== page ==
Ultrasound Can ID Breast Cancer Patients Who Need Lymph Nodes Removed
The investigators found that repeating ultrasound after chemotherapy could help to determine whether surgeons should remove only a few lymph nodes and test them for cancer, sparing patients whose sentinel nodes are cancer-free the removal of all nodes in the armpit, or take out all of the nodes.
“Our goal here is really to try to get away from, ‘Every patient with breast cancer needs these drugs, and this amount of chemotherapy and this surgery,’ and instead to personalise surgical treatment based on how the patient responds to chemotherapy,” said the study's lead author Judy C. Boughey, MD, a breast surgeon at Mayo Clinic in Rochester, NY.
In the past, when breast cancer was discovered to have spread to the lymph nodes under the arm, surgeons routinely removed all of them. However, taking out all of those lymph nodes may cause lymphoedema and limit the arm’s range of motion.
These days many breast cancer patients receive chemotherapy before surgery. Given improvements in chemotherapy drugs and increasing use of targeted therapy, surgeons are seeing more women whose cancer is eradicated from the lymph nodes by the time they reach the operating room, Dr. Boughey noted.
“That’s one of the really nice things about giving chemotherapy up front: It allows us to be less invasive with surgery, both in terms of breast surgery and lymph node surgery, and to tailor treatment based on response to chemotherapy,” she said.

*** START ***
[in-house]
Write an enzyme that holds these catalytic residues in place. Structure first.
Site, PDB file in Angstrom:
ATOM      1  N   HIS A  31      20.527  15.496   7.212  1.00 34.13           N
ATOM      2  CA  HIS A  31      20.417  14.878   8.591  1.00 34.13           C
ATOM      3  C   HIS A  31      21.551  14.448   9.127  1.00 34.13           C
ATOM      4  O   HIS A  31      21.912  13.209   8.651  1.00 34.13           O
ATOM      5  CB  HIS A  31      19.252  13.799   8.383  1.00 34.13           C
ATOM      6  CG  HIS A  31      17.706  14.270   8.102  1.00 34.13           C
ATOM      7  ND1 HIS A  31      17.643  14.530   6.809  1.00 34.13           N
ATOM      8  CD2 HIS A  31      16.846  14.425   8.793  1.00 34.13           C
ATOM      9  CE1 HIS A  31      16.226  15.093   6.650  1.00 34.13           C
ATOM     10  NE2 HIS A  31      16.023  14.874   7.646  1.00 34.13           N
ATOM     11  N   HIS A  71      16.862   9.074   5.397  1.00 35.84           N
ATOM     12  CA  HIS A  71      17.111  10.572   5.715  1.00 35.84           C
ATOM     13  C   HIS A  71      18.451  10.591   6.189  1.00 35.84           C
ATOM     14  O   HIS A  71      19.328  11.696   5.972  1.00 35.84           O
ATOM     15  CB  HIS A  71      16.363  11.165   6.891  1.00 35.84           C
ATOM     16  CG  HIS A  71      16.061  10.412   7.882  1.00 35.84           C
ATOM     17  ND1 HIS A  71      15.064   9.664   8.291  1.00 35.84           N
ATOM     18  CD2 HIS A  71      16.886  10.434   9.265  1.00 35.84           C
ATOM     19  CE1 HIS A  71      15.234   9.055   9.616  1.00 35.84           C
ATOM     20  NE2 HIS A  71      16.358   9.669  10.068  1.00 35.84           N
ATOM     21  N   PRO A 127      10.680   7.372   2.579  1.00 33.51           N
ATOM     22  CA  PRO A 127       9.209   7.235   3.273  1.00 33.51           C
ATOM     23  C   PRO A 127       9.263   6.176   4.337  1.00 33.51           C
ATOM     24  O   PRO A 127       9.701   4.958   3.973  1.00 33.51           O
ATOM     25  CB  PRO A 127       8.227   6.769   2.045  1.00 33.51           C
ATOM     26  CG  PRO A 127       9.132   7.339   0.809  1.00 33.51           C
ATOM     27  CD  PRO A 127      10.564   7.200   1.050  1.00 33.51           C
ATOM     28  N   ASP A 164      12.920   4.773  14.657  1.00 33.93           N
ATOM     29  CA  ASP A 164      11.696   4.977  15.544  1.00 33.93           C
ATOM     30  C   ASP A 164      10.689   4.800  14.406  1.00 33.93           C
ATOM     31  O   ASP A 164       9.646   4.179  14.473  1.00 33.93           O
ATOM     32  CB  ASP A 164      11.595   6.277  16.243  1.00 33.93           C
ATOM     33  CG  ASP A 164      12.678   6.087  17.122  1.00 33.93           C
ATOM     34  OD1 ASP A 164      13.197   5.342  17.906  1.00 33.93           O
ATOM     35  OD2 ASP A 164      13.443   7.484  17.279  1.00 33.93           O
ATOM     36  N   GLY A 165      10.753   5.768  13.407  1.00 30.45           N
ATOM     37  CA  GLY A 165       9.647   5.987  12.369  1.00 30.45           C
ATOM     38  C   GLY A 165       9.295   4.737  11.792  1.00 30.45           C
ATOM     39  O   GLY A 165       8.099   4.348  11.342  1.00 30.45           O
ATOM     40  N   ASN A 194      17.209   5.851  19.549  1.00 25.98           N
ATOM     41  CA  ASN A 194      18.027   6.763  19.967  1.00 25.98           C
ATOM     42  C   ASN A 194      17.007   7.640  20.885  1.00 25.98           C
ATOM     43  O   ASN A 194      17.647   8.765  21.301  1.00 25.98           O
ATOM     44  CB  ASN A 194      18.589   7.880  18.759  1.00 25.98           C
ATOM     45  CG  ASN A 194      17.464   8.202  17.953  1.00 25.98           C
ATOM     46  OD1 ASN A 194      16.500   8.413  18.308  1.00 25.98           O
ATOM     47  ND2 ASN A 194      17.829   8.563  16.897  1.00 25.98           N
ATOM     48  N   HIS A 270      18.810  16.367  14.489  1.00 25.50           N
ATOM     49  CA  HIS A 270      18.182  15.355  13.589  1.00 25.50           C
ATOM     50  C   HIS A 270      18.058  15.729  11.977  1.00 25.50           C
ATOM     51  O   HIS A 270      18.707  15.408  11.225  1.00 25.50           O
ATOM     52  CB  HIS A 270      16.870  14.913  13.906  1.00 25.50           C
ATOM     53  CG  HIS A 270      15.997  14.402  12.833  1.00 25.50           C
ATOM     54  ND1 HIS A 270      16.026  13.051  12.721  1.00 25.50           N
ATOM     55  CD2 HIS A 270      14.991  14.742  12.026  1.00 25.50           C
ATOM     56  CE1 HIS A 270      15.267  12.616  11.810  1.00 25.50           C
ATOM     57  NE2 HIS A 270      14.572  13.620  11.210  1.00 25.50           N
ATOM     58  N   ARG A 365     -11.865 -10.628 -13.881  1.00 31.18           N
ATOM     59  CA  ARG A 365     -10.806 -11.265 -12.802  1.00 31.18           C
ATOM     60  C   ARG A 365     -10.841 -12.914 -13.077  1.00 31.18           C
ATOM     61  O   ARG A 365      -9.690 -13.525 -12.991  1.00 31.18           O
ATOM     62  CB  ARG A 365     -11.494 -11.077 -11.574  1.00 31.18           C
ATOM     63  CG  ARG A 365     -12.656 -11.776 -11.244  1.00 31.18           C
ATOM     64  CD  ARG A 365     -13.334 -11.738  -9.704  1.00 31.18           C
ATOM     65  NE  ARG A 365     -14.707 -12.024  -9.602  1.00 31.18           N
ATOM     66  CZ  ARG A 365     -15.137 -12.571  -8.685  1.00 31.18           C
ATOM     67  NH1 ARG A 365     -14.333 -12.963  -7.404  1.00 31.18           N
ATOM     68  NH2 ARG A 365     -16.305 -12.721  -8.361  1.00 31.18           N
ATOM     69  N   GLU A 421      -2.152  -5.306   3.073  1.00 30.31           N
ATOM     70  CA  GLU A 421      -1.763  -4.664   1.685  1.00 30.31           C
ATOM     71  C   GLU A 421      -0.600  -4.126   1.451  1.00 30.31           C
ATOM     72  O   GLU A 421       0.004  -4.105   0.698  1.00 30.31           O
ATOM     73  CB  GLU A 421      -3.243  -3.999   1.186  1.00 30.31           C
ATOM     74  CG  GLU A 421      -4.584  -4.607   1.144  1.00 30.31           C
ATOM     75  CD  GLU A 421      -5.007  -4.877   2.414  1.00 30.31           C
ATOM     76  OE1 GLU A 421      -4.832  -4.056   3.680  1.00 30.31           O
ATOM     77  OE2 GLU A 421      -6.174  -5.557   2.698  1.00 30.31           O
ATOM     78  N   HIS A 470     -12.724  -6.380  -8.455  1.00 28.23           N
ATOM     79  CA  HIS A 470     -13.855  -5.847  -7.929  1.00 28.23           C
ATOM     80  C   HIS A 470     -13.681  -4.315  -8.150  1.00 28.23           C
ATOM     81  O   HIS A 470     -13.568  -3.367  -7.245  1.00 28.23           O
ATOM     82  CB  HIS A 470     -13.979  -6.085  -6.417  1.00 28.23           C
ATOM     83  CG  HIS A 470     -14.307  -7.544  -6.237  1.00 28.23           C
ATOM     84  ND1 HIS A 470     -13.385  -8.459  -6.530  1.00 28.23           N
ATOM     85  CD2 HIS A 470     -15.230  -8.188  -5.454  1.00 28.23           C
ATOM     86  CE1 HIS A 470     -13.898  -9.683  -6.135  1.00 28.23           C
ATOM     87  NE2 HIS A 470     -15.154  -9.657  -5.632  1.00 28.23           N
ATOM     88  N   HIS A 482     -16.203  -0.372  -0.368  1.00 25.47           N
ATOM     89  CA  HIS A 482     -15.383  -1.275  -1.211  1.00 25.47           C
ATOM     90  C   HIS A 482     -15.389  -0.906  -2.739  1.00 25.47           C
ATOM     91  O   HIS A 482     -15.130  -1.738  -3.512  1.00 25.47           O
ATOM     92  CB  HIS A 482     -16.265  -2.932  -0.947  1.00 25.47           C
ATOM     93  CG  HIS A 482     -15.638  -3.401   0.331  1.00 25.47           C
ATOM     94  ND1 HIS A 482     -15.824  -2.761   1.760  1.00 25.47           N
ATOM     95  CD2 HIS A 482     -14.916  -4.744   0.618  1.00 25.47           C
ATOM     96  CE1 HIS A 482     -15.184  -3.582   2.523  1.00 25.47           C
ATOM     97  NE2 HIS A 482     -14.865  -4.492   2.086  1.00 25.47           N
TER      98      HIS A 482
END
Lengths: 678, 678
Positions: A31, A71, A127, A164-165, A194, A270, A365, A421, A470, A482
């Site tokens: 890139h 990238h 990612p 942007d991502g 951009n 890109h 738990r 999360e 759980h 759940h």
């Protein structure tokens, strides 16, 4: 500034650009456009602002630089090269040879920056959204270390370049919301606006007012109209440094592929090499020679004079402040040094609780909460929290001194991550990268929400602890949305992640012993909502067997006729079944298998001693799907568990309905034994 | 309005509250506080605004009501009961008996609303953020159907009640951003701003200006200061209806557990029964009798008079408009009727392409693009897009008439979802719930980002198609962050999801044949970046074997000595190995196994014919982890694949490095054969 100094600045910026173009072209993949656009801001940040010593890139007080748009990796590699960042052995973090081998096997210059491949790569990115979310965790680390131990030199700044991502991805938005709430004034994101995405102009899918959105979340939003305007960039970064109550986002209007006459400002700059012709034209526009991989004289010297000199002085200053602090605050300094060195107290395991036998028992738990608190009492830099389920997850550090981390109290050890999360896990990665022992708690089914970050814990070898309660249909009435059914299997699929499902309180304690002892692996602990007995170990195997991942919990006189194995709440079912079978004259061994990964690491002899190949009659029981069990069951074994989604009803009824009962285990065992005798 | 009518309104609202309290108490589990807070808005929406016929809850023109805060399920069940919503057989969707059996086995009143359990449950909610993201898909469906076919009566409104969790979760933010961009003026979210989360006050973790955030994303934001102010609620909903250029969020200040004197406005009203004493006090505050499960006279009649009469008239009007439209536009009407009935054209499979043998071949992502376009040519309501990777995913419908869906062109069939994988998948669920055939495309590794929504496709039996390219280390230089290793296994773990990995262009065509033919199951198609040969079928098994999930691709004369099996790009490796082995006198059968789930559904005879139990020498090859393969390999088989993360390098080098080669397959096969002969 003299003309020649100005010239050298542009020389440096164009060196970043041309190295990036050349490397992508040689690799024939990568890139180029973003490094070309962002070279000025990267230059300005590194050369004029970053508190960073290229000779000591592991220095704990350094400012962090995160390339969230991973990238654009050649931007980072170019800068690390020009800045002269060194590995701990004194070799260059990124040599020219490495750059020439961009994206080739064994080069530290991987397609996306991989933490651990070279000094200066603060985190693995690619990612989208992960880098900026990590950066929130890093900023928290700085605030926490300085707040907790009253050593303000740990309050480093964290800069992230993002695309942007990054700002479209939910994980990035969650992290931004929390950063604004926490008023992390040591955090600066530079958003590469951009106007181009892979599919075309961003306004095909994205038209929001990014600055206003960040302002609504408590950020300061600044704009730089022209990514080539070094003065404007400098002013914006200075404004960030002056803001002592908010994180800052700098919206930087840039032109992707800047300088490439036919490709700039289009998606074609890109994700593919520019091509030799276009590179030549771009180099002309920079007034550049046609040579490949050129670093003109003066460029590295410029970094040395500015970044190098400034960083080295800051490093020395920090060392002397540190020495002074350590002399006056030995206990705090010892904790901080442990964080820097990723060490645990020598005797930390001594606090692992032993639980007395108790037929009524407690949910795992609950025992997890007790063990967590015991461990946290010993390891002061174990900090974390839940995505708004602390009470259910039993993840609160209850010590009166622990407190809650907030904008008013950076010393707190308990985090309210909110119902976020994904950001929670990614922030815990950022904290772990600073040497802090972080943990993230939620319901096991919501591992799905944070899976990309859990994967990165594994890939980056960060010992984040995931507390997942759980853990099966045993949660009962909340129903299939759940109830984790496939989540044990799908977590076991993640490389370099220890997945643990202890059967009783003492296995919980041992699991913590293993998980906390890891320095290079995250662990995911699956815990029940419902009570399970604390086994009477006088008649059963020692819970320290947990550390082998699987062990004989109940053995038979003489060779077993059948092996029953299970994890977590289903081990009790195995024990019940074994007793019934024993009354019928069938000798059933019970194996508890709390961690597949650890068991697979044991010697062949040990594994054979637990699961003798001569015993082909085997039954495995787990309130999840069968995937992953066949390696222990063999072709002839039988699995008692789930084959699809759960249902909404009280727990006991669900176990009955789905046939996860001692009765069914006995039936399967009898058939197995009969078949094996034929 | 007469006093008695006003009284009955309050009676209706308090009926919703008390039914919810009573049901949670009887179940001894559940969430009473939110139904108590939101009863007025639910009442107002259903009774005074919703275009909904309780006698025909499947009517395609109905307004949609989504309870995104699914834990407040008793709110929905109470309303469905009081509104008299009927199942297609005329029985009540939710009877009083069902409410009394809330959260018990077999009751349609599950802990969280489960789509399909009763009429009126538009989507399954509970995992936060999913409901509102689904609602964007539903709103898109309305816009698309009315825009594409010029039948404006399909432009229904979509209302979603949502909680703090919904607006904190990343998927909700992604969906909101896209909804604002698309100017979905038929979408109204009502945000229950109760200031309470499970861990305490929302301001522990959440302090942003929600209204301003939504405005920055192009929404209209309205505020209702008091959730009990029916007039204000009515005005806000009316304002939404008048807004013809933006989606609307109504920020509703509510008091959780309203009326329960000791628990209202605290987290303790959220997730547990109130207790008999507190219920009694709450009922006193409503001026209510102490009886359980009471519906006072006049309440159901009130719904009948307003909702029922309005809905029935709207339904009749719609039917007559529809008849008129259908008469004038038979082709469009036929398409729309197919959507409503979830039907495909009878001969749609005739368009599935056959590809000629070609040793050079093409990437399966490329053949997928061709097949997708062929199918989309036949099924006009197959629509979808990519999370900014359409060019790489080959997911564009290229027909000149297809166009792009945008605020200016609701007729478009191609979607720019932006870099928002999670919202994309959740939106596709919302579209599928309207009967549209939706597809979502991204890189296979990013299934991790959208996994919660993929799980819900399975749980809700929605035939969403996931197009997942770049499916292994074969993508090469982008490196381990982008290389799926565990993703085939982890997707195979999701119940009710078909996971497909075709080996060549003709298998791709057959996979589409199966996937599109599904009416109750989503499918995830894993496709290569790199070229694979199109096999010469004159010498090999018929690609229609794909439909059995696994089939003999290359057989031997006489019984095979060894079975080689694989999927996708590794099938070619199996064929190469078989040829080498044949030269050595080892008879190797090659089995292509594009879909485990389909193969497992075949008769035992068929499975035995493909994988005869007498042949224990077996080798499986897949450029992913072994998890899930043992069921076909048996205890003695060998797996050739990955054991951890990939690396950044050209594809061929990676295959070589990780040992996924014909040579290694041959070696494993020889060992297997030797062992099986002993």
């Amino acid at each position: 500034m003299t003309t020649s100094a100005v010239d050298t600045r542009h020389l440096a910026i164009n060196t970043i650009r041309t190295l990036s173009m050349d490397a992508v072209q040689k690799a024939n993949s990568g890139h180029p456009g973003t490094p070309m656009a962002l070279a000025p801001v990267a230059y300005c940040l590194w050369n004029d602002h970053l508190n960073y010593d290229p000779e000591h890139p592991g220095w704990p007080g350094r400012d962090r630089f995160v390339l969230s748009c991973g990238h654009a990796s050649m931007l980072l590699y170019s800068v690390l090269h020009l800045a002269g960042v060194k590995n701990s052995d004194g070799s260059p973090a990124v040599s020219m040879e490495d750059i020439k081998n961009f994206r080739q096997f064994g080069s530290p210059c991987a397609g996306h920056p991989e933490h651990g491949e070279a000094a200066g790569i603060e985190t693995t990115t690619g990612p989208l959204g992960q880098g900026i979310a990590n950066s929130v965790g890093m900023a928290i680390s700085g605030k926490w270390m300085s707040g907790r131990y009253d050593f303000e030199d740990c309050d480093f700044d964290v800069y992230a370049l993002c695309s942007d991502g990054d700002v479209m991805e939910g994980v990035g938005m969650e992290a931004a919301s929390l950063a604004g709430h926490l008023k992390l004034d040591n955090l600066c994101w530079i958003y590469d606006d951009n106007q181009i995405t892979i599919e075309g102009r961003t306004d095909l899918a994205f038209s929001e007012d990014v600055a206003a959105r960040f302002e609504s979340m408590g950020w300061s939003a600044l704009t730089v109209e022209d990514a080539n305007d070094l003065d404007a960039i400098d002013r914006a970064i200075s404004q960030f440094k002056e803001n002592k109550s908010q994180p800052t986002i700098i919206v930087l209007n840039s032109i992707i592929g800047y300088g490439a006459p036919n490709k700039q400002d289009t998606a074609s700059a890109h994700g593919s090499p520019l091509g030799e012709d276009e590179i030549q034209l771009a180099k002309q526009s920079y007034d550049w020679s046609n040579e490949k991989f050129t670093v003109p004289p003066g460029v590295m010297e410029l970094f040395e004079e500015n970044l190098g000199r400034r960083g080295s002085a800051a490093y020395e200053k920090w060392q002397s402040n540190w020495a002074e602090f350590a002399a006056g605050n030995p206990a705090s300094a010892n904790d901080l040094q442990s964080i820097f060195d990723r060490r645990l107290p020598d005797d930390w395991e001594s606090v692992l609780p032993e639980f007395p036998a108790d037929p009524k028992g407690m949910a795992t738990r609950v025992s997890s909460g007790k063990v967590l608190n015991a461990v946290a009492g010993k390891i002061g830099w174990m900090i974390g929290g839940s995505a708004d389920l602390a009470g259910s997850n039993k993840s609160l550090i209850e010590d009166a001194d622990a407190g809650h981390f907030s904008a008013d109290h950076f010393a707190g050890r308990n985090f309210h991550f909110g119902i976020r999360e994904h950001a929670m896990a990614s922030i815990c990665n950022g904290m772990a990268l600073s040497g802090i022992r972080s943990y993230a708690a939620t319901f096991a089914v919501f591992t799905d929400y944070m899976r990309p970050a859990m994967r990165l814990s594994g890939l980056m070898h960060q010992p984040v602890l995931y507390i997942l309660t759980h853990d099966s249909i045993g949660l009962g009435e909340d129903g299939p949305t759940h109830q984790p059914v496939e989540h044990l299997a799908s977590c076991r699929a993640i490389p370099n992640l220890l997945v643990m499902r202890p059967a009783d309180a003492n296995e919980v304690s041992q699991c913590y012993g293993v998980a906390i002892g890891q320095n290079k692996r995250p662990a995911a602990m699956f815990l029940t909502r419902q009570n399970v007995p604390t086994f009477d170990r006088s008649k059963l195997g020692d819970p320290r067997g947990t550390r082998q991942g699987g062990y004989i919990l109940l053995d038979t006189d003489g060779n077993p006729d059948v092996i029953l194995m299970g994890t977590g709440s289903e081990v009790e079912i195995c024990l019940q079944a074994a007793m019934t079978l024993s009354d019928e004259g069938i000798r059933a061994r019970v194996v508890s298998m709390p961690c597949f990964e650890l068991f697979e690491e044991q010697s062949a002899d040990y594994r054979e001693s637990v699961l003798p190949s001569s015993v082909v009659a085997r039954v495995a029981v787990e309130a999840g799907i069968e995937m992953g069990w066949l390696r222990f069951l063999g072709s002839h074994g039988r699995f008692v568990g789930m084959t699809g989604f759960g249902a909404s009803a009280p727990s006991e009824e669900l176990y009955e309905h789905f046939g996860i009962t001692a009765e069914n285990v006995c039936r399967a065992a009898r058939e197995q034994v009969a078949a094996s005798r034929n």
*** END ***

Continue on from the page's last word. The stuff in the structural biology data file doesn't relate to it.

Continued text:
Avoiding complete underarm lymph node removal when possible means fewer women will experience the complications that can result from that surgery, and avoiding those side effects should also save healthcare costs, the doctor added.
Most patients with lymph node-positive breast cancer receive radiation treatment after surgery. A new study is under way for men and women with breast cancer whose underarm lymph nodes are still positive for cancer after chemotherapy. The goal is to evaluate which is more effective: removing all of those nodes, or leaving the nodes and treating them with radiation, Dr. Boughey explained.
The current research was supported by National Cancer Institute grants U10 CA76001 to the American College of Surgeons Oncology Group, CA31946 to the Alliance for Clinical Trials in Oncology and CA33601 to the Alliance Statistics and Data Center.
Source: Mayo Clinic
Image Credit: Wikimedia Commons
Published on : Mon, 2 Feb 2015
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